Members of the Israeli Ziv family are seen in their kitchen in the Jewish settler outpost of Amona in the West Bank, November 22, 2016. REUTERS/Ronen Zvulun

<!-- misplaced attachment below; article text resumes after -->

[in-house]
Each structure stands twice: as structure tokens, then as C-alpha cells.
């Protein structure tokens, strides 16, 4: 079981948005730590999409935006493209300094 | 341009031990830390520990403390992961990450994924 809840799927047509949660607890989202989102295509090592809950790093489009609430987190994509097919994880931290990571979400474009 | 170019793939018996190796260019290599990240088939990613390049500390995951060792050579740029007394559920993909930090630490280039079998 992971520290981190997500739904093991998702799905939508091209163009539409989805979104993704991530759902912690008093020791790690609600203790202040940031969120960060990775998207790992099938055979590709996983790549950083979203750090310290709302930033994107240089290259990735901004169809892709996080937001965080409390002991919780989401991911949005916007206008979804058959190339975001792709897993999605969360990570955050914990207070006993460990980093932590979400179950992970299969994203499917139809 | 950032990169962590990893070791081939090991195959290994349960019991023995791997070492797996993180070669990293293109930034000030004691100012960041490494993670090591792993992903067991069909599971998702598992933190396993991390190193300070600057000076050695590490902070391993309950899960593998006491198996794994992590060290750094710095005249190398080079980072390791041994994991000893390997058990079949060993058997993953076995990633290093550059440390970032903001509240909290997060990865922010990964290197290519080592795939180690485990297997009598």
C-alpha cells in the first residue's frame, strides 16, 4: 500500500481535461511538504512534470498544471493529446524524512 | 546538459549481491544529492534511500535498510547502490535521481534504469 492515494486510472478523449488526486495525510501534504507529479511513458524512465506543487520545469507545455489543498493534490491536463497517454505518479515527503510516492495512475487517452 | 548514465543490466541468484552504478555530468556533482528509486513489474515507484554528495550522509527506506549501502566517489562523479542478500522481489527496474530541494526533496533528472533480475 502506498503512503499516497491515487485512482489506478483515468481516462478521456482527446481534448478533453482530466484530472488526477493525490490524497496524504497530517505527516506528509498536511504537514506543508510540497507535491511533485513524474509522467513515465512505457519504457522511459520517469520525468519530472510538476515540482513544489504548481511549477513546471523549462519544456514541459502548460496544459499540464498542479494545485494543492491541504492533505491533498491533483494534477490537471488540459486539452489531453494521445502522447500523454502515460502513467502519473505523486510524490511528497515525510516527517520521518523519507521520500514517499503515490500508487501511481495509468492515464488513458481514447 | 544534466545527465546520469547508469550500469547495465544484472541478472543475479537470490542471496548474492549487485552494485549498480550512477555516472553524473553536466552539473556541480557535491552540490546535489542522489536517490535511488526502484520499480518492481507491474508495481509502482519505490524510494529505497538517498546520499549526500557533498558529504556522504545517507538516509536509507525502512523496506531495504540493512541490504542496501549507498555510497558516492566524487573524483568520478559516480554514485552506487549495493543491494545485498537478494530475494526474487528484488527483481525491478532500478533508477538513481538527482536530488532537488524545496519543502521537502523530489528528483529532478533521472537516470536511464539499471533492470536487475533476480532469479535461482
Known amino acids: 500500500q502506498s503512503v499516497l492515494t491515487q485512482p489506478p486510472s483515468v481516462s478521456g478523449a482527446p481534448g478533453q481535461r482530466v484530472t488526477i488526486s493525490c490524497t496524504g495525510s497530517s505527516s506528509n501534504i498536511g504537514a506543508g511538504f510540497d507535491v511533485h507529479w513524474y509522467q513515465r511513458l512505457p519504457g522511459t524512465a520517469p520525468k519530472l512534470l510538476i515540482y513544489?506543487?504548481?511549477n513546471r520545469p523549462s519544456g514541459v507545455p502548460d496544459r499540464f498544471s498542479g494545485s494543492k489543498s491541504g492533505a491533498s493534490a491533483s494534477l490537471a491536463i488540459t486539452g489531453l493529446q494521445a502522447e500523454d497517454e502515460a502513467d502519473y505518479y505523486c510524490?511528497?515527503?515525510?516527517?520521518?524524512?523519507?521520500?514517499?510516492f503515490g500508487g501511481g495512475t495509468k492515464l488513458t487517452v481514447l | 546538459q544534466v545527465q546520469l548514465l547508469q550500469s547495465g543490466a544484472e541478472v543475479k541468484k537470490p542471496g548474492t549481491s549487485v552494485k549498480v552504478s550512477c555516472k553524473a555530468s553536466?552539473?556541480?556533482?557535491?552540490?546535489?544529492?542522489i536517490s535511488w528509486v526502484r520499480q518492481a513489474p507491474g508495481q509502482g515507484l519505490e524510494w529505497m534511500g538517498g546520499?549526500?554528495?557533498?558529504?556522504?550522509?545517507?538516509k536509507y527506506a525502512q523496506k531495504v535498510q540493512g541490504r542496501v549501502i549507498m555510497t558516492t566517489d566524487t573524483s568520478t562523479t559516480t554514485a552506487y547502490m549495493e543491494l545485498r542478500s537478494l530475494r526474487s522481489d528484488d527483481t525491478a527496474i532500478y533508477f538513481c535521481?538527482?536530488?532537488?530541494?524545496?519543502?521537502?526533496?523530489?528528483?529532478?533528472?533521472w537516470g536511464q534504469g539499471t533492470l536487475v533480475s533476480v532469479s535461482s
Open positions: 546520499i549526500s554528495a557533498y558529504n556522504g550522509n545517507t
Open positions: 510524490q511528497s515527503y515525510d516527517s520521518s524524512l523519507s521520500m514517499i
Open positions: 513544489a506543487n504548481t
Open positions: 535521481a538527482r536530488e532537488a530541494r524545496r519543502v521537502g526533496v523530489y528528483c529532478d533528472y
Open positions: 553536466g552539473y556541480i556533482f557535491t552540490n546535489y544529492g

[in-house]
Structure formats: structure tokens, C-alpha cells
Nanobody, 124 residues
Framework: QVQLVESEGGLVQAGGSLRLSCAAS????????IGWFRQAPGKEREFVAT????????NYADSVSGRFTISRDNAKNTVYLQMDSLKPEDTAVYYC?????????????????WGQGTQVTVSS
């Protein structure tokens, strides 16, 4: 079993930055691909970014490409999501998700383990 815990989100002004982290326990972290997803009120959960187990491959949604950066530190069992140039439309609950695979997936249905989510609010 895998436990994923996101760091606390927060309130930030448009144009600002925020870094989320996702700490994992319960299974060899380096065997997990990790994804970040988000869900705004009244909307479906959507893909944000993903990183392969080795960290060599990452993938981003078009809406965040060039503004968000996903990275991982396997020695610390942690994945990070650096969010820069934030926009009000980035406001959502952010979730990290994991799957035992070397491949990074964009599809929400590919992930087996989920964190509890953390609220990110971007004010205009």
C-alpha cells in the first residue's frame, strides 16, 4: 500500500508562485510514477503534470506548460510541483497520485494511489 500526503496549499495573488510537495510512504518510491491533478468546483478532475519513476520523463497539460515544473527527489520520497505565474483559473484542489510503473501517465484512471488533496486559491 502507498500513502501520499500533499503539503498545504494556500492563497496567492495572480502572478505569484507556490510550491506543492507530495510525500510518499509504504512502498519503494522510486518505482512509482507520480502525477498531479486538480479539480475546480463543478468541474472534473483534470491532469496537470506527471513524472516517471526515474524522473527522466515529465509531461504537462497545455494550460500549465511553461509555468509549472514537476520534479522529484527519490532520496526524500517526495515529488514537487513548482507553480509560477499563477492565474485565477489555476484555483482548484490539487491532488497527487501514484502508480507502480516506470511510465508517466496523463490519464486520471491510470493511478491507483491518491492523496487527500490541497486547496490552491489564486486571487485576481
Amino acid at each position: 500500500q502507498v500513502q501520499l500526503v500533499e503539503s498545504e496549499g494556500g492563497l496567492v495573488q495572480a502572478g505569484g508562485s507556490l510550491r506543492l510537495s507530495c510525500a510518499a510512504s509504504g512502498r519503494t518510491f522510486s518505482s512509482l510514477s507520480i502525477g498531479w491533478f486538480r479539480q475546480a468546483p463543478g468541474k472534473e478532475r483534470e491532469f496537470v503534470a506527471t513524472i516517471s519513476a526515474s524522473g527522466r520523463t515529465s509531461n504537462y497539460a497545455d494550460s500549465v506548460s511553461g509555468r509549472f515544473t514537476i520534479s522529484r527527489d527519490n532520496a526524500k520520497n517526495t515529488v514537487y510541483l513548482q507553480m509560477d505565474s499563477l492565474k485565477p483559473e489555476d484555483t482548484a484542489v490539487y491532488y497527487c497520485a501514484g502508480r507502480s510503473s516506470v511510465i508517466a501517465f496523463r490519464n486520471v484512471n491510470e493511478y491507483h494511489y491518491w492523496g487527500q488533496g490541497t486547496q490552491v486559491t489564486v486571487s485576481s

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On a hilltop in the occupied West Bank, Israeli teenagers are hammering stakes into the earth and erecting tent frames, preparing the ground for a confrontation with Israeli security forces.It is considered an illegal "outpost" under Israeli law and the Supreme Court has ruled it must be demolished by Dec. 25 .As the deadline approaches and the 330 people living on the hill hunker down for battle, their supporters in Israel's Parliament are pushing for a new law that would legalize Amona and dozens of other outposts scattered across land which Palestinians hope will be part of their own independent state.As well as the formal settlements, which Israel fully supports, settlers have established more than 100 outposts.The battle over Amona, the largest outpost, has dragged on for eight years, during which time the community has expanded to 200 children.In 2006 Amona saw a violent eviction, with nine shacks torn down by Israeli authorities.Israeli settlement watchdog Peace Now has called the bill "a grand land robbery" that would lead to the expropriation of 8,000 dunums (800 hectares) of private Palestinian land.
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